What I Learned at AWP

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The Rumpus dispatched dozens of our top reporters to Chicago. None of them were heard from again.

The annual conference of the Association of Writers and Writing Programs took place in Chicago last week. Thousands of writers, teachers, and students converged on the Windy City—where temperatures whipsawed between 10 and 50 degrees—to compare pedagogy, discuss literary trends, interview job candidates, and kvetch about the publishing industry.

The Rumpus dispatched dozens of our top reporters to the readings and panels, the parties and meet-and-greets, the ballrooms and hotel lobbies of downtown Chicago, in search of sophisticated insights into literary academia. None of them were ever heard from again. Instead, we got back these brief accounts. [Photos by Vauhini Vara]

 

I had one and a half inspirational martinis and a basket of chicken wings with my teacher (and dear friend) Nicholas Delbanco in the Buddy Guy’s Legends Bar.  Shouting over the blues banjo, Nick told me to make my novel either a comedy or a tragedy, and to go easy on myself.  All good advice, which I’m promising to take to heart. – Scott Hutchins, Lecturer, Stanford University

Vision. “How do you write yourself?” a woman in the elevator asked her acquaintance. The guy was a head shorter, baffled. “What do you mean? In my poetry?” “How do you see yourself?” she insisted. He said, “Different than anybody else.” – Overheard by Stefan Kiesbye, author

The Book Fair

The Book Fair

Audio plays an increasing role in both art and marketing.  The prevalence of cheap audio equipment, and its relative ease of use, has radically changed the way that artists and journals can market themselves.  During a marketing panel, one poet discussed how he recorded himself reading poems, and sent mp3 files of these to newspapers reviewing his books.  The newspapers put these on their websites, which increased overall sales and visibility.  Taking it even farther, The Missouri Review will soon generate an audio counterpart to everything they publish, either read by a professional or by the author.  Furthermore, the ability to preserve audio on-line for indefinite accessibility led to some fascinating theoretical discussions about whether language-dependent mediums like the audio diaries produced by This American Life are radio programs, audio creative-non-fiction, or some type of hybrid genre.  It’s a neat trend all the way around. – Alan Ackmann, DePaul University

All you have to do to get a reaction out a native Chicagoan is to say “Blagojevich.” – Shimon Tanaka, Jones Lecturer, Stanford University

It was, maybe still is, the year of beards. Squeezed into an El train, listening to AWP participants read, I finally noticed. Most 20, 30 something white males wore beards. Not stubble, no. Beards, shaggy. Pale faces, too many layers of clothing – hey, it’s Chicago in the winter – and beards. Time warp. – Stefan Kiesbye, author

When walking through the hotel hallways between panels and events at AWP, I felt like I was back in high school, searching the oncoming faces for friends, teachers, the popular kids, and that girl who was always trying to beat me up. My friend Joanne said AWP was like being at family reunion and meeting family members she never knew she was related to. – Grace Talusan, Tufts University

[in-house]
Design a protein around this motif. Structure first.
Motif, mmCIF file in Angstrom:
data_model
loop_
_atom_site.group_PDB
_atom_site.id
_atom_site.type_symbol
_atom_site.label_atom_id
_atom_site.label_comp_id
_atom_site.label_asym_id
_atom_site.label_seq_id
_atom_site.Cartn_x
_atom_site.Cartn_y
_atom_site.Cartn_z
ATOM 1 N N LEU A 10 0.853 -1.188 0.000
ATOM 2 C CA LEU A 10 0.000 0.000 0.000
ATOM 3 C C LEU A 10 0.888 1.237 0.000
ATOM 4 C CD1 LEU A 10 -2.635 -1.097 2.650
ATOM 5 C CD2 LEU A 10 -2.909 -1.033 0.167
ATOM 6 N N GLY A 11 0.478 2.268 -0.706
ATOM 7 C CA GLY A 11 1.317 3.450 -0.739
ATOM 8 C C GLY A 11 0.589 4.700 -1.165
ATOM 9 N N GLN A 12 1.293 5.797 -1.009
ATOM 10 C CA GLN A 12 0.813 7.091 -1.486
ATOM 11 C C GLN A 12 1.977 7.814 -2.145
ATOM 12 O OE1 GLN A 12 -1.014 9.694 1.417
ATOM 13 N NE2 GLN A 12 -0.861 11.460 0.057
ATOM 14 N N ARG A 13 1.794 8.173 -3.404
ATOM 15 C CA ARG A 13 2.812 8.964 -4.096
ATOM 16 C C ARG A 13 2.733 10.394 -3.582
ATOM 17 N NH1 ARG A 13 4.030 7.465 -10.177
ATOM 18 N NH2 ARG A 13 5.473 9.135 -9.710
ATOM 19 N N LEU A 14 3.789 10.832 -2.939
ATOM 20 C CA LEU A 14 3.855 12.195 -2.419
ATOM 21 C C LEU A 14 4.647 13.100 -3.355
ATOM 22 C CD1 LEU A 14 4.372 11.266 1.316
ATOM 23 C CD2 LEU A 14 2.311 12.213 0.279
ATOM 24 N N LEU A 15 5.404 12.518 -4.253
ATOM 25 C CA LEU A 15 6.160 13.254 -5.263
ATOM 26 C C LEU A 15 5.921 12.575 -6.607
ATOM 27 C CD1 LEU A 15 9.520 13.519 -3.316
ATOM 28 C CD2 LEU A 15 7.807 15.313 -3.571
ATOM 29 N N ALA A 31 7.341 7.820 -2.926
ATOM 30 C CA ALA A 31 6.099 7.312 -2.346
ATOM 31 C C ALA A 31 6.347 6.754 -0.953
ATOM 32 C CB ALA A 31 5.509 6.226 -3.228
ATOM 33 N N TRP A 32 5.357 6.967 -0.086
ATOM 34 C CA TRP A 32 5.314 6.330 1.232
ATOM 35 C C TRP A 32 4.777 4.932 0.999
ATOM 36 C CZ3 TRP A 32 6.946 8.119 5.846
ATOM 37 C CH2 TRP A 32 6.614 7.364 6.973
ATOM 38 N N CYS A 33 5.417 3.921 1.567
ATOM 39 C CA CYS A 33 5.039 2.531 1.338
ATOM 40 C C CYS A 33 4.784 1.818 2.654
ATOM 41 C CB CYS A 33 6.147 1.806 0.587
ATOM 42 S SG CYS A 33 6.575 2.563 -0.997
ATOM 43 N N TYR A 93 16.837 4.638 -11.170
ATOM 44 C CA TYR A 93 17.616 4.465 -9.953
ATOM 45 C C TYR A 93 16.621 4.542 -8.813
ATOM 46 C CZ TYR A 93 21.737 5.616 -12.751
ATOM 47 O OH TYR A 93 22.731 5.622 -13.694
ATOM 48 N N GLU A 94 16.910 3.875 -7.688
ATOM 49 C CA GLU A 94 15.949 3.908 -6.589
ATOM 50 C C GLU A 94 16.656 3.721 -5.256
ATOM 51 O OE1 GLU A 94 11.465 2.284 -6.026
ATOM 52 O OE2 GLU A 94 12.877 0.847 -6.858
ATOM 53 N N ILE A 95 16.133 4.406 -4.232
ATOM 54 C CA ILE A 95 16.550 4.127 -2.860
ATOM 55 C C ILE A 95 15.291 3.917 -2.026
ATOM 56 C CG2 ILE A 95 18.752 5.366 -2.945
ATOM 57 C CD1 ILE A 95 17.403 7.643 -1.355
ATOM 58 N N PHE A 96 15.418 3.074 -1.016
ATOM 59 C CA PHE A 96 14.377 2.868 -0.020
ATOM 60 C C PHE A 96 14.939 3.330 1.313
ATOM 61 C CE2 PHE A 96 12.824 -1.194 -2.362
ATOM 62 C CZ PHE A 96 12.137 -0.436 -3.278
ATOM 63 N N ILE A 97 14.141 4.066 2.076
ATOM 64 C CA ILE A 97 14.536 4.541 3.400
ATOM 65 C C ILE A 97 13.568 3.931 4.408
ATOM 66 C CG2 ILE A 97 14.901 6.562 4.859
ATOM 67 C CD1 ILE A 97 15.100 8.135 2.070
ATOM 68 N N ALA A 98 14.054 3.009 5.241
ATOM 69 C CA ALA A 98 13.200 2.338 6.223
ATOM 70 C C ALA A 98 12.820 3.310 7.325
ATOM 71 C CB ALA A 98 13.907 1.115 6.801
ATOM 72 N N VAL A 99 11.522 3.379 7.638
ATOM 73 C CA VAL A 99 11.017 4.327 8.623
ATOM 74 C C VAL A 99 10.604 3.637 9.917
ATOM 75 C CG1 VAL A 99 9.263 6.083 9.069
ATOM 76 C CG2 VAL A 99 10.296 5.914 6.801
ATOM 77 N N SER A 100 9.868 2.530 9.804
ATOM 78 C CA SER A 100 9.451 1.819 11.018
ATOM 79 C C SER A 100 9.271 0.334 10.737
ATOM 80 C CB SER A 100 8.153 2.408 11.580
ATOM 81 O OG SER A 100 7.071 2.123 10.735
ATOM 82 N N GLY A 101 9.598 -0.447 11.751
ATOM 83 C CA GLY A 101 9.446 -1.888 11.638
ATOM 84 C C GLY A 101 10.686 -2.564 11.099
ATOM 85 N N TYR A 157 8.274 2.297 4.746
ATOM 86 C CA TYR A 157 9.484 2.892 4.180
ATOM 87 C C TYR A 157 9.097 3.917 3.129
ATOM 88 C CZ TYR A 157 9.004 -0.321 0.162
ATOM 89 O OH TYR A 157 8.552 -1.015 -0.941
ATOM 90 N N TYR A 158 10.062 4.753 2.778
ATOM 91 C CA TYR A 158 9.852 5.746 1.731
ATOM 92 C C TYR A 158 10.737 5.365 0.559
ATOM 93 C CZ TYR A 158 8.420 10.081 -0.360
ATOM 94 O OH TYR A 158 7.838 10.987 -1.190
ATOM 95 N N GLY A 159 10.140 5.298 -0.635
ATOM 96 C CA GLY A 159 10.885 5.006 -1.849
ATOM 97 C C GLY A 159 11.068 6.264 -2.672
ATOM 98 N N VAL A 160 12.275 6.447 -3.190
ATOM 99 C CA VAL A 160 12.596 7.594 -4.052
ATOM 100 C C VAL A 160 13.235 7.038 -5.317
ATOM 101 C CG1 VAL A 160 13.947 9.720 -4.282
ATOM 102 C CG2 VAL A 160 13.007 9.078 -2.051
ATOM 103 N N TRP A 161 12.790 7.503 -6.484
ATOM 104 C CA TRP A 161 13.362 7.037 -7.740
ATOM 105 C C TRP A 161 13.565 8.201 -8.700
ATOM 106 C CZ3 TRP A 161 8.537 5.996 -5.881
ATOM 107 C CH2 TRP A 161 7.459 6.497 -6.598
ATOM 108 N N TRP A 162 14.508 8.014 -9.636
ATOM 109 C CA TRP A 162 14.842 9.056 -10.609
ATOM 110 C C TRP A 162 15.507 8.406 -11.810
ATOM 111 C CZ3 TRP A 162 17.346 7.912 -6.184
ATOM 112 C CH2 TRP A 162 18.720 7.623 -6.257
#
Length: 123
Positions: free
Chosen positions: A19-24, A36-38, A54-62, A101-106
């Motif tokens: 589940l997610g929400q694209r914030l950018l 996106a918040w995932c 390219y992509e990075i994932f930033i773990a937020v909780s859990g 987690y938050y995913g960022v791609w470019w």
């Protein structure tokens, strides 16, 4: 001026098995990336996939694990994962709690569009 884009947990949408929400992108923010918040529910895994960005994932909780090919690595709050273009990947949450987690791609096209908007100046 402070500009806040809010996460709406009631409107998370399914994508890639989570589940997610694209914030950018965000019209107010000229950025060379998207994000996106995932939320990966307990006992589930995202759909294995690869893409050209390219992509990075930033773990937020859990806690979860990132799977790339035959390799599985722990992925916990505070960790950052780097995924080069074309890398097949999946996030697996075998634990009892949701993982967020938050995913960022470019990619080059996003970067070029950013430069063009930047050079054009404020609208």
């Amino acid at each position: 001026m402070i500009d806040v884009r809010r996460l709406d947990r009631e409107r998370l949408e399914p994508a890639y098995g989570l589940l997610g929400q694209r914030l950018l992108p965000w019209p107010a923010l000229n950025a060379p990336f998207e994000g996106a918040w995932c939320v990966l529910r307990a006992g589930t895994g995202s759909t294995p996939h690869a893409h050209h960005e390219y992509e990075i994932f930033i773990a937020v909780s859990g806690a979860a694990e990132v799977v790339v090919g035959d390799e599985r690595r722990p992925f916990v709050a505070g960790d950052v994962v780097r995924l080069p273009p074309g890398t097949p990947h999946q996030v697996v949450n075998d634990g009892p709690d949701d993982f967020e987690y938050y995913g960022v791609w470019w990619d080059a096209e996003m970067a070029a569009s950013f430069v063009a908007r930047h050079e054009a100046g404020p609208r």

In the “Shameless Book Promotion” workshop, I learned that promoting your book should be seen as  an act of generosity… You need to be brave about getting blurbs… Todd Boss has become the poet laureate of his local coffee shop – he does podcasts of readings of his work and works with a musician… Every writer needs a Website… Keep all records and email addresses… Have people ask for your book in bookstores… Give parties… Have friends give parties and promote your book… Do your own press release but don’t put the title of the book on top… Get a business card… Buy your friends’ books… You can take a subway to the Loop from O’Hare for $2.25… It’s cold in February (duh!). – Louise Nayer, City College of San Francisco

Podcasting is good… I miss winter… Harold’s Chicken Shack is no longer just a South Side thing… Sprinting, in a ballroom with eight fiction writers and a baby grand, can be fun… There’s something called a God Particle. – Sarah Frisch, Stegner Fellow, Stanford University

Emily Mitchell and Monica Ferrell at the One Story Happy Hour

Emily Mitchell and Monica Ferrell at the One Story Happy Hour

For any worshipper of the art of language and lover of all good writing, the term “to network” is by necessity odious: a noun-made-verb, a neologistic life form of a taxonomical stratum even lower than adverb, embarrassing to say, excruciating to do. – Elizabeth Kadetsky, University of Pittsburgh

Not what I expected: Best party. I learned that a crowd of poets and fiction writers will drink warm beer and smoke cigarettes in a marginially ventilated hotel room until 3:30 in the morning, despite early morning job interviews, an explosive altercation leading to an ejection, and severe overcrowding.  Thus went the scene in the room 1057.  Not what I expected: Worst party. Sneaking into a penthouse VIP event turned out to be the most interesting part of that party, though there were crab and mushroom pastries aplenty on hand.  Who would have guessed? – Monica Ferrell, Purchase College

Panels that involve making art have plenty of seating, but panels that involve making money are standing room only. – Alan Ackmann, DePaul University

Was the true purpose of President Obama’s Chicago visit to sneak into AWP?  I find it curious that he just “happened” to have dinner up the street on Saturday.  Anybody notice him sitting in at the back of their panel? – Shimon Tanaka, Jones Lecturer, Stanford University